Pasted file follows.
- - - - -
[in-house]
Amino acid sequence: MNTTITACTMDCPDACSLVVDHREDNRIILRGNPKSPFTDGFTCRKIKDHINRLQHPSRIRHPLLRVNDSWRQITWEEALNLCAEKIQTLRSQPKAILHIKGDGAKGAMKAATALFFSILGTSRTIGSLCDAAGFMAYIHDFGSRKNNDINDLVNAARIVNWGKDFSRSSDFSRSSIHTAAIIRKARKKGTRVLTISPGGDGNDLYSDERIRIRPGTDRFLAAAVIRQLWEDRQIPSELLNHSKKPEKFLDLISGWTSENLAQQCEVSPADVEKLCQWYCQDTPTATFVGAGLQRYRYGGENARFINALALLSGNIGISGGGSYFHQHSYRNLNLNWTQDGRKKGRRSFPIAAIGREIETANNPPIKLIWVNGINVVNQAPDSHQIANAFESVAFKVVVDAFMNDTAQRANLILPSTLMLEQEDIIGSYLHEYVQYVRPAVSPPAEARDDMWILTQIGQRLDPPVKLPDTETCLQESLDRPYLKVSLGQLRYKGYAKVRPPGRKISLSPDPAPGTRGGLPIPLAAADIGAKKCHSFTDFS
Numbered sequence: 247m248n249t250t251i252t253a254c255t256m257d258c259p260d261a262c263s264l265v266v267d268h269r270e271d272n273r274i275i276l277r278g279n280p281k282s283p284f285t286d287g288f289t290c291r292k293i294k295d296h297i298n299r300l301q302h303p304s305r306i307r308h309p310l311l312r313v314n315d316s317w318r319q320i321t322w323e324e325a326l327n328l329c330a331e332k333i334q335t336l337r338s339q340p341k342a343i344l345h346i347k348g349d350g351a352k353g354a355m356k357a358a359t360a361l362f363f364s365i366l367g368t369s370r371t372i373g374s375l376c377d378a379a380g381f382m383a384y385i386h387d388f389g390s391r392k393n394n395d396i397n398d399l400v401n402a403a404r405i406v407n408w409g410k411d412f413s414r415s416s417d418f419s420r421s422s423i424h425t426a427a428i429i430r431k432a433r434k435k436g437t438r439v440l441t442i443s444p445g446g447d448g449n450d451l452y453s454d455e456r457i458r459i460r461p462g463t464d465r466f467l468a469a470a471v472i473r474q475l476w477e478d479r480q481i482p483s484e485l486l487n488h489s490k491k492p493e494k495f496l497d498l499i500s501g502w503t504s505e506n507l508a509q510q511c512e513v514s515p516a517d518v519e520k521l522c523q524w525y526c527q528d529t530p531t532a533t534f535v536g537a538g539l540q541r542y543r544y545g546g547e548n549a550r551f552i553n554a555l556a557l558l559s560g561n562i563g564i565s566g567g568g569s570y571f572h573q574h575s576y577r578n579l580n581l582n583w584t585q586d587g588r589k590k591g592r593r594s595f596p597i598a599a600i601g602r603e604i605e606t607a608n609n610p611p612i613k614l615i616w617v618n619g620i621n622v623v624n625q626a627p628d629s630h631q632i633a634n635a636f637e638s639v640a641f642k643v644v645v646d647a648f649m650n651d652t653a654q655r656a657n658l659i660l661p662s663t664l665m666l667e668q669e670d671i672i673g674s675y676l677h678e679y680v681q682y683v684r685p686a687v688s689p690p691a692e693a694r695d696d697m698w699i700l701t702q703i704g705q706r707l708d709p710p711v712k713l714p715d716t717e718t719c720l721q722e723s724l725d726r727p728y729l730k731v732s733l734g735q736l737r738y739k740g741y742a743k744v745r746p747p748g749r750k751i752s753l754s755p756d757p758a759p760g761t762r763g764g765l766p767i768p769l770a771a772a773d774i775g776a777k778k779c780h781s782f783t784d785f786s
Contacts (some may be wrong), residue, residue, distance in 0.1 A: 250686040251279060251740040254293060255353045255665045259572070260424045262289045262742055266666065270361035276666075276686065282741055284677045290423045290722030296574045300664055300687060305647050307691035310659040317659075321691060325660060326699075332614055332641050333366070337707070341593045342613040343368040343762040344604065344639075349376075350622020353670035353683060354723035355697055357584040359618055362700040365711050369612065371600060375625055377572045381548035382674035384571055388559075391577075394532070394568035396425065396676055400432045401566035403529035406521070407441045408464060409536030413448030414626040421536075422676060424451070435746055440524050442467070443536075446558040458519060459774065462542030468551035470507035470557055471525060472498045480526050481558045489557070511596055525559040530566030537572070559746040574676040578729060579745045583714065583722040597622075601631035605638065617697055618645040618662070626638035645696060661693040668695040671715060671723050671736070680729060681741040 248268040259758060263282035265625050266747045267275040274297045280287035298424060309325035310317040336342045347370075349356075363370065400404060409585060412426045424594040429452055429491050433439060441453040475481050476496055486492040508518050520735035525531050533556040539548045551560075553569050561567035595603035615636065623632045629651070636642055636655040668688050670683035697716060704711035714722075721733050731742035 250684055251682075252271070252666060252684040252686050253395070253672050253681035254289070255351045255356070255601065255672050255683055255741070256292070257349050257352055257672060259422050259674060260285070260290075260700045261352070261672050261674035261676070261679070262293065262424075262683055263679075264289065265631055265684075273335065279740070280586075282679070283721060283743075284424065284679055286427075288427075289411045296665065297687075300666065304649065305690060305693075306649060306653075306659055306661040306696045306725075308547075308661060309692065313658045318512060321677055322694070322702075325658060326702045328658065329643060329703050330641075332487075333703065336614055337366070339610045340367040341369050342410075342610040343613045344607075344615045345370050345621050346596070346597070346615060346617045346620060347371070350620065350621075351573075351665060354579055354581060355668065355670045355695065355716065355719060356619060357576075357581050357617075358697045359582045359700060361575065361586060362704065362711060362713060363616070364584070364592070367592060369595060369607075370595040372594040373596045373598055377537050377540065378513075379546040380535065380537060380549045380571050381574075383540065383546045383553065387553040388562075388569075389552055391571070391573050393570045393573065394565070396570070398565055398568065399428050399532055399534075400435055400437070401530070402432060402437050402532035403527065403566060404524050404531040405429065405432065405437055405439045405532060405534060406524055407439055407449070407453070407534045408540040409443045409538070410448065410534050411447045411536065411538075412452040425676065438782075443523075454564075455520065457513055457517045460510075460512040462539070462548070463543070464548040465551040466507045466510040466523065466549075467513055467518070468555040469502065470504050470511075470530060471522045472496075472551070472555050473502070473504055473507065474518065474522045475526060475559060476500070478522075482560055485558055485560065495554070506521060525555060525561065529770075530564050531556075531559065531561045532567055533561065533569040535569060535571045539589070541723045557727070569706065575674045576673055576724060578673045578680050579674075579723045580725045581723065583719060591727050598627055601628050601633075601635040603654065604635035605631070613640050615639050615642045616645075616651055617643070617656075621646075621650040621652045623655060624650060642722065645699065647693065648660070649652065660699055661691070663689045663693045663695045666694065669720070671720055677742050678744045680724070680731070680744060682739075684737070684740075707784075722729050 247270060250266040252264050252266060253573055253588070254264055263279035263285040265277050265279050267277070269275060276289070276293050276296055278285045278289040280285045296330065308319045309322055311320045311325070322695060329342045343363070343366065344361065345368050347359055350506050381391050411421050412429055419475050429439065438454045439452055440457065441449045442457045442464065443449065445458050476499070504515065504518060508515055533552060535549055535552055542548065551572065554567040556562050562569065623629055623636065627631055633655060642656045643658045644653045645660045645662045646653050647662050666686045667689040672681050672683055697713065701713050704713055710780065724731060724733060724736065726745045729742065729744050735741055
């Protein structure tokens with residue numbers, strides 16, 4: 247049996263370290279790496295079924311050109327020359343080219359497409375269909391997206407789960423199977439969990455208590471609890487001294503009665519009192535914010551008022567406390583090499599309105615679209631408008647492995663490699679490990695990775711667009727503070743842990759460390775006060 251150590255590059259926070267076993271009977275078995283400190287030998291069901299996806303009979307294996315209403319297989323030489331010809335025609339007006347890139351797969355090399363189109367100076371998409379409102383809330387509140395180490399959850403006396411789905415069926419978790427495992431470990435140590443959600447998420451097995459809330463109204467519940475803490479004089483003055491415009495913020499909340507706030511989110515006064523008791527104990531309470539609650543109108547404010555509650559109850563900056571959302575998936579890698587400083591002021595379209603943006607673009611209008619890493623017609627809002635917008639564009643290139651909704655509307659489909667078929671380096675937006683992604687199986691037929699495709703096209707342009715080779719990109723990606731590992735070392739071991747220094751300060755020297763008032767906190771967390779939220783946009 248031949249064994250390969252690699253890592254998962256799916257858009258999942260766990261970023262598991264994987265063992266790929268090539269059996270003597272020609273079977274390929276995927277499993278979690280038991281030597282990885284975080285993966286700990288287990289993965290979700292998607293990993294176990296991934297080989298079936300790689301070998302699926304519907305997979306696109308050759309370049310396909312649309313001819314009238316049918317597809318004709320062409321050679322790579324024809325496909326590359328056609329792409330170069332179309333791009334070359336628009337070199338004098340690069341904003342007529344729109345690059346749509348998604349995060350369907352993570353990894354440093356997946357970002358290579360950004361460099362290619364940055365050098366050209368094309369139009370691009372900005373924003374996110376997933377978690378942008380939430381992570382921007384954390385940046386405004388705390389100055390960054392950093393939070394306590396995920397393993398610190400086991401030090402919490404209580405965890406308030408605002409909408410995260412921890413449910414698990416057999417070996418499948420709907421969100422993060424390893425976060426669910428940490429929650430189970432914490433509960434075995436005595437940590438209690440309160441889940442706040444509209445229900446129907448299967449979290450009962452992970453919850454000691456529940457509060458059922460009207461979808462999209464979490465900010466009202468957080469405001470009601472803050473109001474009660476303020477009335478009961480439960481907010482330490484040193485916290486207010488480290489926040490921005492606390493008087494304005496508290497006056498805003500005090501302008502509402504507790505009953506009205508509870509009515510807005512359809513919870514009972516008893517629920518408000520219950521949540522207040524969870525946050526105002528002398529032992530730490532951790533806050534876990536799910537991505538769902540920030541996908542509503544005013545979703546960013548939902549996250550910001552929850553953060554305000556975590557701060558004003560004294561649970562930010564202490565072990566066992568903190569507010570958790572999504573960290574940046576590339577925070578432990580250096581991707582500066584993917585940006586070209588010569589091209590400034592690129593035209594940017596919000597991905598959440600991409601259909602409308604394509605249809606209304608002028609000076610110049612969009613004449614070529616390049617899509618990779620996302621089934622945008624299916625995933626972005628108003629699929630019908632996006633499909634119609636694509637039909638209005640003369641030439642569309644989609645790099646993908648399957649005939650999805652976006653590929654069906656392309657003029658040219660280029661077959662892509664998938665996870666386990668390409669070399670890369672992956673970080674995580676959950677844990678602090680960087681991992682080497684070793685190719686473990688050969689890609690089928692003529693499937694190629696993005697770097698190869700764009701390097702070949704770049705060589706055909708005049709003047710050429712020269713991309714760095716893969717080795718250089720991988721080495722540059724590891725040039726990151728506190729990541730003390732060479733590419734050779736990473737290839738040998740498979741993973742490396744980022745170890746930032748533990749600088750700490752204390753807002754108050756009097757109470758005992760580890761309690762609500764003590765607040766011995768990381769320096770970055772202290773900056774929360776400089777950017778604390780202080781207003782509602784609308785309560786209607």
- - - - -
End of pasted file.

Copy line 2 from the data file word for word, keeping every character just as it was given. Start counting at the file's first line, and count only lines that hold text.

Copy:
Amino acid sequence: MNTTITACTMDCPDACSLVVDHREDNRIILRGNPKSPFTDGFTCRKIKDHINRLQHPSRIRHPLLRVNDSWRQITWEEALNLCAEKIQTLRSQPKAILHIKGDGAKGAMKAATALFFSILGTSRTIGSLCDAAGFMAYIHDFGSRKNNDINDLVNAARIVNWGKDFSRSSDFSRSSIHTAAIIRKARKKGTRVLTISPGGDGNDLYSDERIRIRPGTDRFLAAAVIRQLWEDRQIPSELLNHSKKPEKFLDLISGWTSENLAQQCEVSPADVEKLCQWYCQDTPTATFVGAGLQRYRYGGENARFINALALLSGNIGISGGGSYFHQHSYRNLNLNWTQDGRKKGRRSFPIAAIGREIETANNPPIKLIWVNGINVVNQAPDSHQIANAFESVAFKVVVDAFMNDTAQRANLILPSTLMLEQEDIIGSYLHEYVQYVRPAVSPPAEARDDMWILTQIGQRLDPPVKLPDTETCLQESLDRPYLKVSLGQLRYKGYAKVRPPGRKISLSPDPAPGTRGGLPIPLAAADIGAKKCHSFTDFS